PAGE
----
Frequently Asked Questions

1. When will your episode air?
2. Can I play? (entering a team)
3. Is it a real junkyard?
4. Does the team know what they are going to build ahead of time?
5.Who provides the expert? What do they know about the challenge?
6. Is the junkyard salted?
7. Do you really get only 10 hours build time?
8. Is there a prize?
9. Who paid the airfare?
10. How about time off from work?
11. Is it fun? Why did you get involved? Would you do it again?
12. What's with all the drawings?

1. When will your episode air?

If you are in the UK, the new season (#3) which includes The NERDS,  started broadcasting on September 17th, 2000. Our first episode was broadcast on October 1.

The US network has arranged to show the full second and third British seasons.  They have also commisioned  a series of all US teams to be shown early next year. Here is a three season episode guide.

Current (unconfirmed) schedules mention a US marathon showing of the British second season in November, the third British season on Wednesdays in December, and the firtst all-US season starting in January 2001. (all on TLC)

The US teamed series was shot in the same scrap pile, by the same people. The NERDS are not a part of this series.  (Its not fair to pit a first time team against one that has done a show, so until the US has other experienced teams, we will compete in the international league)

Unconfirmed rumors have the British network also broadcasting the US teamed series.

They did make a special show, with the winner of the British series against the winning US series team.

2. Can I play?
Possibly. They have all the teams picked for year 2000 series. If you want to be notified of the next call for teams there are mailing lists for just that purpose, for each show.  For the UK series Scrapheap Challenge use its mailing list signup; for the US show Junkyard Wars  use that shows mailing list signup page.   It will be one of the first places mail will be sent when they are looking for teams again. You will need to have formed your own 3 person team, and the more of you that know how to weld, the better. The most used tools on set are your brain, the MIG, then the various saws. I have a contestants eye view of the application and selection process here. You should also read our  advice for contestants. US entrants will need to have a valid passport to apply.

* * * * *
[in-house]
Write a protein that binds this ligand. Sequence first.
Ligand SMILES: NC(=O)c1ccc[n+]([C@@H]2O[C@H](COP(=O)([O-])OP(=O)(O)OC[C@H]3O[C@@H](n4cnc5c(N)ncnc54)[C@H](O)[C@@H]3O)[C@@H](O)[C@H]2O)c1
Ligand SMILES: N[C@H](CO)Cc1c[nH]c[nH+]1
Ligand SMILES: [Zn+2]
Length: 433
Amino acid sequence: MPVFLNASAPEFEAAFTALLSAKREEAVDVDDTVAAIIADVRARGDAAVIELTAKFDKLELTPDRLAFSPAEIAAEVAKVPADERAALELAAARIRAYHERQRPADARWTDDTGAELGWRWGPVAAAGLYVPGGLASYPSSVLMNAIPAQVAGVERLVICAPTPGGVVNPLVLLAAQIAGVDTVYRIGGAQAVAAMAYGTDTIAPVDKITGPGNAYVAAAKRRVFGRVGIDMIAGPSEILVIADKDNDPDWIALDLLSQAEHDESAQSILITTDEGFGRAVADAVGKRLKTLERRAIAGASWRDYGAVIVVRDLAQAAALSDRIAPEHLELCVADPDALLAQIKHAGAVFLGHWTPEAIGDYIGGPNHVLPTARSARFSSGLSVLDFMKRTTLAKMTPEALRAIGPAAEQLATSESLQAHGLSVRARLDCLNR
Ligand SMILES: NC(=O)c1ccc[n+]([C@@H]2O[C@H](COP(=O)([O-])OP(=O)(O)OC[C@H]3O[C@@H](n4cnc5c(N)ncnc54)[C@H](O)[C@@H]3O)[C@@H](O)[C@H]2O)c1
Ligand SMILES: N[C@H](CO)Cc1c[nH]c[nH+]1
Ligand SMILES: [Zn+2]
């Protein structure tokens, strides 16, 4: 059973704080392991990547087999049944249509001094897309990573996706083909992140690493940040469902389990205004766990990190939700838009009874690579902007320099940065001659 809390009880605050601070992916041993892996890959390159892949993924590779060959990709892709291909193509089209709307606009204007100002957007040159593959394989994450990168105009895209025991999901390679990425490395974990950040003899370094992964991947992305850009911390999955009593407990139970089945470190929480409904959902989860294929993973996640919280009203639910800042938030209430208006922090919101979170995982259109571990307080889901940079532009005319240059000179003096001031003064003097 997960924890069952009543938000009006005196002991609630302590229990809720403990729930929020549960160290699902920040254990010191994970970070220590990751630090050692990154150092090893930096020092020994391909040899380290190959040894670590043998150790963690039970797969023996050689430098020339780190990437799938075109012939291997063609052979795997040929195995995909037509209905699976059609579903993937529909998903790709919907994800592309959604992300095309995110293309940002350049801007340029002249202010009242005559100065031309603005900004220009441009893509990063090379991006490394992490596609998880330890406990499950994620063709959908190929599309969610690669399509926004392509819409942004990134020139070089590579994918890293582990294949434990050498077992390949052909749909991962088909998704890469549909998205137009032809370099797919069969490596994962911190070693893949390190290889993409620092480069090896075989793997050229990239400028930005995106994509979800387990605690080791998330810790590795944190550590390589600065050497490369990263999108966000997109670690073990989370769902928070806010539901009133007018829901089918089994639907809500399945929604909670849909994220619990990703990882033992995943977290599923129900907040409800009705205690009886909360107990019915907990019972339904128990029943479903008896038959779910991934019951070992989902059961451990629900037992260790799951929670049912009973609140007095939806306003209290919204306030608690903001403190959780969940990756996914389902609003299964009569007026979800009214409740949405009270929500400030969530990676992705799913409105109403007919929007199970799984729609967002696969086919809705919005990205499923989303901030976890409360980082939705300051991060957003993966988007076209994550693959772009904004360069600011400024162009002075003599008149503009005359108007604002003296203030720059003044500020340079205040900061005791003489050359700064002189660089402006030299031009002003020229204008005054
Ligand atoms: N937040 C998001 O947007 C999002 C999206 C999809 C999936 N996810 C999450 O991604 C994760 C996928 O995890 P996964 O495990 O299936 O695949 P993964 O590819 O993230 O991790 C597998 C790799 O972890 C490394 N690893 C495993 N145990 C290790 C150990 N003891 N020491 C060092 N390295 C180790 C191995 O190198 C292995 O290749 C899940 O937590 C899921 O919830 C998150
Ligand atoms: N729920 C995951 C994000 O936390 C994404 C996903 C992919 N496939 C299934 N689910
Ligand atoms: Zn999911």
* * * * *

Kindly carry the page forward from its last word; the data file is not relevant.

Note: The nature of the site, and the heavy reliance on power tools mean that it will be difficult to run a "kids" challenge, that is in the same spirit as the original adult show. The production company are continuing to study the issue.

3. Is it a real junkyard?
Yes and no. It is a set, located in a junkyard.  Its real scrap piled there. The set used to be one corner rented in a real, working, scrap yard, in the rather industrial "Canning Town" part of London. (the yard has been sold, and the set is in storage.  Several candiates for next years site are under consideration) You have to wear a hard hat to go to the toilets, which are right next to the truck scales. On the other side of the wall, there are people in claw loading cranes, literally tossing cars thru the air. (and they are good at it. The "waiting" piles for the balers are both neat, and taller than the cranes can reach)
4. Does the team know what they are going to build ahead of time?
Not a clue (usually). Its part of the fun. Sure we speculate, but the possibilities are near endless.   We did suspect that our first challenge would involve water in some way, as they had Geo renew his diving certification, but not anything further. Teams really do find out, on camera, the morning of the build.

5. Who provides the expert?  What do they know about the challenge?

RDF finds the experts, and assigns them to the teams. Each expert knows in advance what the challenge is to be, and has submitted suggested designs, with a critical parts shopping list. The team meets their assigned expert the night before the build in the hotel bar, and a running joke is that you can't ask what they do for a living. All we found out the night before about our last expert was that he was an amateur league cricket player.

6. Is the junkyard salted?